“The fact of the matter is that traffic downtown is not caused by people who live downtown or social infrastructure like schools downtown. It is caused by people commuting in and out of work,” Cressy said.

“So what we know from the stats out there, that less than a quarter of residents of downtown Toronto even drive to work and that number is going down every year.”

He pointed to a number of initiatives already introduced into CityPlace that were created to help decrease traffic and increase safety at the same time.

The new regional express rail stop will be implemented at Spadina Avenue and Front Street, just north of CityPlace. The TTC’s 121 bus route was introduced two years ago and travels along Fort York Boulevard. He also highlighted the addition of traffic lights at Dan Leckie Way and Fort York Boulevard due to the increase in residents and families in the area.

Cressy also said his motion for a new pedestrian crossing at the south side of Fort York Boulevard/Bremner Boulevard and Spadina Avenue was approved. However, there is no timetable for when it will be functional.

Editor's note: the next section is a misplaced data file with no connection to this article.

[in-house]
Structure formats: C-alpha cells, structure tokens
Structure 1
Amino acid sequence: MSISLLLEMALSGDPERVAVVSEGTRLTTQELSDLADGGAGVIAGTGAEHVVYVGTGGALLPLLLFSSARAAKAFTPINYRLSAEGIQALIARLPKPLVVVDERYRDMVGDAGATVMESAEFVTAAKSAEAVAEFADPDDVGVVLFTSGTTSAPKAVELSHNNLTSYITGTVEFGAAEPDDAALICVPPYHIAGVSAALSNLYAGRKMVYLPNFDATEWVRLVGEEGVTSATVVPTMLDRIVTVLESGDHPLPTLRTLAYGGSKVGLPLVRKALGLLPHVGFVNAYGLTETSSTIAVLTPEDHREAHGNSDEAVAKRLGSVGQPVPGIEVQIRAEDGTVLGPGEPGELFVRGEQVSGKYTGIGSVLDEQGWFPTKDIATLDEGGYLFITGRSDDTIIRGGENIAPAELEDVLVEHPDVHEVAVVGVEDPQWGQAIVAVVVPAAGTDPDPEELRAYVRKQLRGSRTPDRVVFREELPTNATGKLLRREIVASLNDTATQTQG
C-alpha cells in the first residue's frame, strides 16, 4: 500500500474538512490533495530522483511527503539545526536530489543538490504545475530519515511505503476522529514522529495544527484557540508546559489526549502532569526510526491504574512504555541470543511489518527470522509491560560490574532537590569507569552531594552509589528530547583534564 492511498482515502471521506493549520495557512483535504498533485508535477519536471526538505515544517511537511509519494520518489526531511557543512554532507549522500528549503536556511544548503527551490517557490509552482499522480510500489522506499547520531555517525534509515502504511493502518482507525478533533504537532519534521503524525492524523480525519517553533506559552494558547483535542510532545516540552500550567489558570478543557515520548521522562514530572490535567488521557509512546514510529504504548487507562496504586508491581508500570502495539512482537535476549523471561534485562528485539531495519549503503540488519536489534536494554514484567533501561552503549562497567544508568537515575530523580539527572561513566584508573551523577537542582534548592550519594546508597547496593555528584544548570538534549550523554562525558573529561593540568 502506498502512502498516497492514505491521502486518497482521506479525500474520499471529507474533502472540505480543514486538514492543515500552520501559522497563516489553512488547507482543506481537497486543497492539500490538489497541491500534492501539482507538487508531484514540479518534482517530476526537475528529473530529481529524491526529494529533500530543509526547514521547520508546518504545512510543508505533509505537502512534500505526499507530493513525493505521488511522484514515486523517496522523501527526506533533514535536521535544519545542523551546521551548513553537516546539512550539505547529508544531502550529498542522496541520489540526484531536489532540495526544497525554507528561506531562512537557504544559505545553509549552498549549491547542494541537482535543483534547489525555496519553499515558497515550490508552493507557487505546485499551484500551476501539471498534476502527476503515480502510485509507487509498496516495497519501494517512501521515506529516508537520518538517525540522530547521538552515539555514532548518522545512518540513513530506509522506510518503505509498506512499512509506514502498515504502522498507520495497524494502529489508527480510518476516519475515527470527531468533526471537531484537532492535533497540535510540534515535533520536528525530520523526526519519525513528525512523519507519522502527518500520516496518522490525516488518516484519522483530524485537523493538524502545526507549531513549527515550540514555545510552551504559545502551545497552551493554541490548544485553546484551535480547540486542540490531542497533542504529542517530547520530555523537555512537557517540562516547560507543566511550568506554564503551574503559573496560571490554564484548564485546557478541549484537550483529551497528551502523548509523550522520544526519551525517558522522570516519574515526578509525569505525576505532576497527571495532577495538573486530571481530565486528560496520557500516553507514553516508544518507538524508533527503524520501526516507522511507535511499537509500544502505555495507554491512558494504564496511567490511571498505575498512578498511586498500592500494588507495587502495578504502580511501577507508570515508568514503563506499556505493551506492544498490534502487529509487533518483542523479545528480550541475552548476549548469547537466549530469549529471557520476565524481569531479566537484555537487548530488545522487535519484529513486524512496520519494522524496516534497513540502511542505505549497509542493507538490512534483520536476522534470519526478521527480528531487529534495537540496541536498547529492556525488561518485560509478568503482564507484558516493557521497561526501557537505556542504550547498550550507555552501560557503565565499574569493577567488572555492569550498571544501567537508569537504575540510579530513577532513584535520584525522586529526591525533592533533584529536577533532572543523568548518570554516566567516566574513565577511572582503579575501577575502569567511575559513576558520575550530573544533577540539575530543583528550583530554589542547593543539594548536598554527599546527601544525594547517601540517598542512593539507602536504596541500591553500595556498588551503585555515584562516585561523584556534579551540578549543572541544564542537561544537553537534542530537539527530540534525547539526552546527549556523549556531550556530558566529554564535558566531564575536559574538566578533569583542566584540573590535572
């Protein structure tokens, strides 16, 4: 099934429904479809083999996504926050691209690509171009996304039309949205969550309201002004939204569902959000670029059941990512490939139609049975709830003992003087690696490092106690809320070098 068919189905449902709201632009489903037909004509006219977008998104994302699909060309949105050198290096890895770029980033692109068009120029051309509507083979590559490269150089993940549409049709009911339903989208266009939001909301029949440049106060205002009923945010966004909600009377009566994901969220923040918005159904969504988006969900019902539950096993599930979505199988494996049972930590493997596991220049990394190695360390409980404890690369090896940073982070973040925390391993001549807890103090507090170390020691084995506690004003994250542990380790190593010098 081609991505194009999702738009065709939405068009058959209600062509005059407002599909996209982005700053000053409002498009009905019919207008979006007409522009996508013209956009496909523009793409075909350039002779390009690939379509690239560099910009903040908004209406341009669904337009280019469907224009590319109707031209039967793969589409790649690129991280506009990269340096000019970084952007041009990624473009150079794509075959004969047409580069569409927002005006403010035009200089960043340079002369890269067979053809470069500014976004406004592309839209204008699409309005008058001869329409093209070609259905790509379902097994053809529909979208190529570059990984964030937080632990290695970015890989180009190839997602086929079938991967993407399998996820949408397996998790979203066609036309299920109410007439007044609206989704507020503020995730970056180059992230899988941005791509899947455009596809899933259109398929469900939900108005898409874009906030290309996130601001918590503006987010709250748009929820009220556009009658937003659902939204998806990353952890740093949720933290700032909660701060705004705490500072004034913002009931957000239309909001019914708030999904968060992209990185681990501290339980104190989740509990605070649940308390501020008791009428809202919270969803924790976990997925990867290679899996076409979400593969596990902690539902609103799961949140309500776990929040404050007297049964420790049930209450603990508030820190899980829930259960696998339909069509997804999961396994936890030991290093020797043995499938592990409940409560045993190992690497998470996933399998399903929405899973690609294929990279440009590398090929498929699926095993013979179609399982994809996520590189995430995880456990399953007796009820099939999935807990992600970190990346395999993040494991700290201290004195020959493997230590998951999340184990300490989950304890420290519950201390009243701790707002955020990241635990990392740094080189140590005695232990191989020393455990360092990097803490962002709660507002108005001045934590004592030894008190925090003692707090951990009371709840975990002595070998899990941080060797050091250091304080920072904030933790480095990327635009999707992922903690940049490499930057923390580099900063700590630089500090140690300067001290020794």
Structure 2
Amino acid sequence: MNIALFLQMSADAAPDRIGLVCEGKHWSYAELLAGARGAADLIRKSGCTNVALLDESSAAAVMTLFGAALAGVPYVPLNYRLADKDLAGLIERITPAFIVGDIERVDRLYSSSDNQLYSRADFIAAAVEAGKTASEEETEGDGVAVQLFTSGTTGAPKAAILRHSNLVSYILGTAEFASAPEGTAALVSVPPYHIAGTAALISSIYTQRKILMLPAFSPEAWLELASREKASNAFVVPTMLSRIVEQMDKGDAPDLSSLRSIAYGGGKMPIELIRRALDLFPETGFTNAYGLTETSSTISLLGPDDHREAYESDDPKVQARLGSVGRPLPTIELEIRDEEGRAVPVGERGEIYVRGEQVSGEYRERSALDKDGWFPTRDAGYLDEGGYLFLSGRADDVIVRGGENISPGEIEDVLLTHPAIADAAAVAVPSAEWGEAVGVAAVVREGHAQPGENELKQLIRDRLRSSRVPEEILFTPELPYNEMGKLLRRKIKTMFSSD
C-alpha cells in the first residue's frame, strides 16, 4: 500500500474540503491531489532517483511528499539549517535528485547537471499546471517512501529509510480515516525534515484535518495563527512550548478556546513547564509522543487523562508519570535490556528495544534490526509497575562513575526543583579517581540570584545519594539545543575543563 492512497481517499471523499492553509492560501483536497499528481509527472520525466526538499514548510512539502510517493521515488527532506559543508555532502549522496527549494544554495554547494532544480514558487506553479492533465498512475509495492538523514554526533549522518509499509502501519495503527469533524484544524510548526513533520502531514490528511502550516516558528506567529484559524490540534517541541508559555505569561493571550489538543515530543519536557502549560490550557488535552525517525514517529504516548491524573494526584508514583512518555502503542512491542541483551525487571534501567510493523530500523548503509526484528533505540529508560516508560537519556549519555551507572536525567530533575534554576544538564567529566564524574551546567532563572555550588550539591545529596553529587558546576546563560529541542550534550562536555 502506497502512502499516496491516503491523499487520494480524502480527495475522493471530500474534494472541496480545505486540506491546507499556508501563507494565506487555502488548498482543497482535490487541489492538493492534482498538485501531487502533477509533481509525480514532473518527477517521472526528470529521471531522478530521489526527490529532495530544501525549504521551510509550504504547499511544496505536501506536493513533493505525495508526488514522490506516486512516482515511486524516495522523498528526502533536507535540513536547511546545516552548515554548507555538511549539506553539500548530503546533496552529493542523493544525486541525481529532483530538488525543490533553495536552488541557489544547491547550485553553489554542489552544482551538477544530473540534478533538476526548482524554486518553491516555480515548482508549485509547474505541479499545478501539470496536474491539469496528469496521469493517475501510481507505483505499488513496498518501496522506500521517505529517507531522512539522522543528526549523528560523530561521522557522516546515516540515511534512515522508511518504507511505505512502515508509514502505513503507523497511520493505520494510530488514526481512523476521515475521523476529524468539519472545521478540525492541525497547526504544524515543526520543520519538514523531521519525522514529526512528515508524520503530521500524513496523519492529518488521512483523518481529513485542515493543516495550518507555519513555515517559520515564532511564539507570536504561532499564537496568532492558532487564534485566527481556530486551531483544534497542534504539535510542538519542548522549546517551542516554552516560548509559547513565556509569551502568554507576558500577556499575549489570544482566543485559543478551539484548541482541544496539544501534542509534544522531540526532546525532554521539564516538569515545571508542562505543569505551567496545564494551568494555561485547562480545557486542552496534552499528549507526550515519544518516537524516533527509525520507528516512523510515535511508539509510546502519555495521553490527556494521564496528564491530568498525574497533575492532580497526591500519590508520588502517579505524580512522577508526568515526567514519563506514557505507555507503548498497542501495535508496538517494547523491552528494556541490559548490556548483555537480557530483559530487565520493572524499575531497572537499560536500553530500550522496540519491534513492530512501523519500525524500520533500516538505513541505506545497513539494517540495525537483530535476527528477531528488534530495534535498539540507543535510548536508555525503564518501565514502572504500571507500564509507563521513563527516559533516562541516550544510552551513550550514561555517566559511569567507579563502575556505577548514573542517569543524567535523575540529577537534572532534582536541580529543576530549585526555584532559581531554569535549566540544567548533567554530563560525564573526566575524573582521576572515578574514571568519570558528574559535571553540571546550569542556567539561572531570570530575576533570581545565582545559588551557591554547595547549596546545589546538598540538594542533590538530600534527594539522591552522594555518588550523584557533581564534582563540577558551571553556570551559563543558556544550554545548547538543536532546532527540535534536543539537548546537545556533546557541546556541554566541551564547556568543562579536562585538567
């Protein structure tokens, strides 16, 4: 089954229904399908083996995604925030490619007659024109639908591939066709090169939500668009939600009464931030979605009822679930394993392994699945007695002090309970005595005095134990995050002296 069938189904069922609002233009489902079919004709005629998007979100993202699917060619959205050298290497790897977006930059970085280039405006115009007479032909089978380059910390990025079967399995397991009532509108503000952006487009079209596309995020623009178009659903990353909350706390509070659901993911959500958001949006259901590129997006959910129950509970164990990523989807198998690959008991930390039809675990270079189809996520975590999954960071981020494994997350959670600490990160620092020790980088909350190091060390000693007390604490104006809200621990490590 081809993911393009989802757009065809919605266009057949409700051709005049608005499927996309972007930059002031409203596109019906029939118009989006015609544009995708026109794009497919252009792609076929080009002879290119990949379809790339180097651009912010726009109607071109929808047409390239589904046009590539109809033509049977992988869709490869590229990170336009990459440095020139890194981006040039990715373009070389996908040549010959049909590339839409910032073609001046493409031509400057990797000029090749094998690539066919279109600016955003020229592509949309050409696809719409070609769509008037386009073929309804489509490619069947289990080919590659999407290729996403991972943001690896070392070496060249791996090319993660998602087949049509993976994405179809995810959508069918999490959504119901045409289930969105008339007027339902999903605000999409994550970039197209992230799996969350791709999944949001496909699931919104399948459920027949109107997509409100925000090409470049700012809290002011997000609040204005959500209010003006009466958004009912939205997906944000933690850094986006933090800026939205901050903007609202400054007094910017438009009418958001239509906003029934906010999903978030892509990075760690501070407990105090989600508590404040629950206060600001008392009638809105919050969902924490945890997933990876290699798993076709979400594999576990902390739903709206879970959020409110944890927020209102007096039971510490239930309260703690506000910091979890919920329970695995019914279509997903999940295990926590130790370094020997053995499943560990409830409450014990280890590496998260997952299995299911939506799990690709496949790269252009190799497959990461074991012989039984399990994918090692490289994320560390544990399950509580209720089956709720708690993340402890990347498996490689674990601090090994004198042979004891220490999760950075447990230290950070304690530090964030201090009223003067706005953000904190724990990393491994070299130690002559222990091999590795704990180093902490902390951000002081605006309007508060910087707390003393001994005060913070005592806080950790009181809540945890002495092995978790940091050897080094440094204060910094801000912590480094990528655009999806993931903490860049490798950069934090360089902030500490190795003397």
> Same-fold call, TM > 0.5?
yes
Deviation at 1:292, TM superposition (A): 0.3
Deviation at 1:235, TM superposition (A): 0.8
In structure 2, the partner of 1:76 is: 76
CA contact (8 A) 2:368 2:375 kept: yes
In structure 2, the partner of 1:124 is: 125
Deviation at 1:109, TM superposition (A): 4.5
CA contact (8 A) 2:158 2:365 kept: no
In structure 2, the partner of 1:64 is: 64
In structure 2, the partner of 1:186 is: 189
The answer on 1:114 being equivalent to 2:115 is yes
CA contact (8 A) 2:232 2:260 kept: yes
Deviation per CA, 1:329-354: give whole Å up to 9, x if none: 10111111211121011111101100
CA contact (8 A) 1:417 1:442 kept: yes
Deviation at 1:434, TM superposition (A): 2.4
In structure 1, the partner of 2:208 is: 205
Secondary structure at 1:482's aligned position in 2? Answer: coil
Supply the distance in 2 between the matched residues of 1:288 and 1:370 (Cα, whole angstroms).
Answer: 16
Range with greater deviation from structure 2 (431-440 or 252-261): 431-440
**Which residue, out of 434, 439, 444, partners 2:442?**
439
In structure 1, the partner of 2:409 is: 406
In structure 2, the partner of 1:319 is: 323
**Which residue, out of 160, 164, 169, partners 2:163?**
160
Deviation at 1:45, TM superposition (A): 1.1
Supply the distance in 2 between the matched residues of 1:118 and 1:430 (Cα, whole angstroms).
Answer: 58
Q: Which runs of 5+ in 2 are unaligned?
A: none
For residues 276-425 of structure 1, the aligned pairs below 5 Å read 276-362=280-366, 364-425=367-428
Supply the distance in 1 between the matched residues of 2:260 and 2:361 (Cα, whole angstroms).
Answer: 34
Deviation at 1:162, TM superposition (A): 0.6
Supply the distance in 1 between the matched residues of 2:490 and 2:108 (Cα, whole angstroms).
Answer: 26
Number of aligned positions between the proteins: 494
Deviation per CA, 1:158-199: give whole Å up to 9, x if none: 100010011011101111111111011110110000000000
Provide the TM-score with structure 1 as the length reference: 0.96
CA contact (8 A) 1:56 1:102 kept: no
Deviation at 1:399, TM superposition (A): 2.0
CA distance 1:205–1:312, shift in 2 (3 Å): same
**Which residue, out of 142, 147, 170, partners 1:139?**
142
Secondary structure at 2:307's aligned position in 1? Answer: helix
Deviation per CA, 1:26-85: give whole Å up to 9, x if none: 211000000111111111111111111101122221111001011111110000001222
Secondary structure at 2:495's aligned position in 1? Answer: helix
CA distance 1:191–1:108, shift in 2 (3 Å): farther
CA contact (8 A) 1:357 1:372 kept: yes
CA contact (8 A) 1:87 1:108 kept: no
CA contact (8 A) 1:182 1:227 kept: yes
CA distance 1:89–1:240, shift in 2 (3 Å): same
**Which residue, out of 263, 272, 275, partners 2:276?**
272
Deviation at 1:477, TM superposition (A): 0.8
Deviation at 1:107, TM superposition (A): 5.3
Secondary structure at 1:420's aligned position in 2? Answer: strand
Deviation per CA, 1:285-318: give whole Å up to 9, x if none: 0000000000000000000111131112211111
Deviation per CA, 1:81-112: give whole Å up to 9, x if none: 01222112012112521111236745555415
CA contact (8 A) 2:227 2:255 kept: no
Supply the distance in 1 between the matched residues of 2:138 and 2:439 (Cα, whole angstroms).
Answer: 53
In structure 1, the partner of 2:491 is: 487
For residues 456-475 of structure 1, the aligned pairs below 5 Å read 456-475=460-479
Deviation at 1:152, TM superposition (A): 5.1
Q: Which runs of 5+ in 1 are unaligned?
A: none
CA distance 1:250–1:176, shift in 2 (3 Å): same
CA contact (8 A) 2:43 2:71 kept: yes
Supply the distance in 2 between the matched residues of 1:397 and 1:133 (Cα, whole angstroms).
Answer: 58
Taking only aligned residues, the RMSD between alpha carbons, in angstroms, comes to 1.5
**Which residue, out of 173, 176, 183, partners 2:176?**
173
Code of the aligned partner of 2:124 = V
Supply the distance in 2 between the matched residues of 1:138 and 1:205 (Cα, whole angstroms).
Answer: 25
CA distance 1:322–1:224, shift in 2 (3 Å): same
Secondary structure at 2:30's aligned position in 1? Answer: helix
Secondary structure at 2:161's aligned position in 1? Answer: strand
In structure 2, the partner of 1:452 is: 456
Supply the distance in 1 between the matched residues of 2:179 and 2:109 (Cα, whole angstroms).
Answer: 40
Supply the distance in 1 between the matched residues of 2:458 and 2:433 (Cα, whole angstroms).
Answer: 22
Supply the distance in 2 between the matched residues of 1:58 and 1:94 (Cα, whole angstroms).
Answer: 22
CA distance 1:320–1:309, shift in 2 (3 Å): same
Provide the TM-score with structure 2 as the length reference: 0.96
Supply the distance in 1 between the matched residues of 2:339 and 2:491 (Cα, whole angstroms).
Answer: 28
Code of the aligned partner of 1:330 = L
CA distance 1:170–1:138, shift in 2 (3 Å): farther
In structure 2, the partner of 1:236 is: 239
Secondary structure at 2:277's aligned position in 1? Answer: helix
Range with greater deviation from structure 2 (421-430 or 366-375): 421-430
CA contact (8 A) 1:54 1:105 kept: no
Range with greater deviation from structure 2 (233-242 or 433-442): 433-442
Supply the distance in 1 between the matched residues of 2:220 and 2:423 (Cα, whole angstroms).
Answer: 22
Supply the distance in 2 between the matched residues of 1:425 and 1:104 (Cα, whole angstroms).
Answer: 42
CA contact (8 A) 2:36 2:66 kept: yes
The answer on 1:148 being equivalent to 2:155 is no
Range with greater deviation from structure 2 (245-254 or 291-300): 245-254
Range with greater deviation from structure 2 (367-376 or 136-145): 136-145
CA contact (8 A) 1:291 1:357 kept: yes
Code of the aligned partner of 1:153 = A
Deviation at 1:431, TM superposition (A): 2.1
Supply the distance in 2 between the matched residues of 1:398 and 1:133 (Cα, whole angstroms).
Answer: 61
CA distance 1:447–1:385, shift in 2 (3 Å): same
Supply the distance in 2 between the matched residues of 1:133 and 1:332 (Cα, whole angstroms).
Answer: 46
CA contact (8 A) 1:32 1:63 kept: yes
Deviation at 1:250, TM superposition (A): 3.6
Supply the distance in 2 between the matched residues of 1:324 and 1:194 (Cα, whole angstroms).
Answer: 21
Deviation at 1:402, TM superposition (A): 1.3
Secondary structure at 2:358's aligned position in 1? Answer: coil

There were reports of the median along Fort York being converted into a streetcar line. Tahair said the neighbourhood was always envisioned to have an LRT through the middle of Fort York Boulevard. He said it is still in the long-term planning outlook for the area.

However, TTC spokesperson Stuart Green confirmed to Global News that the “funding was never identified” therefore there is no “active” push to move forward with the plan.

Meanwhile, Tahair said the City will continue to work with officials and the TTC to better the congestion issues.

“I think the key message is that when the schools open (it’s) patience for everyone in that first week and we will move on from there,” he said.

As for Pieters, he said he just wants the City to act, regardless of when the schools and community centre will open.

“The time is now for them to do what is right to ensure that this neighbourhood becomes a more safer, walkable [and drivable] neighbourhood.”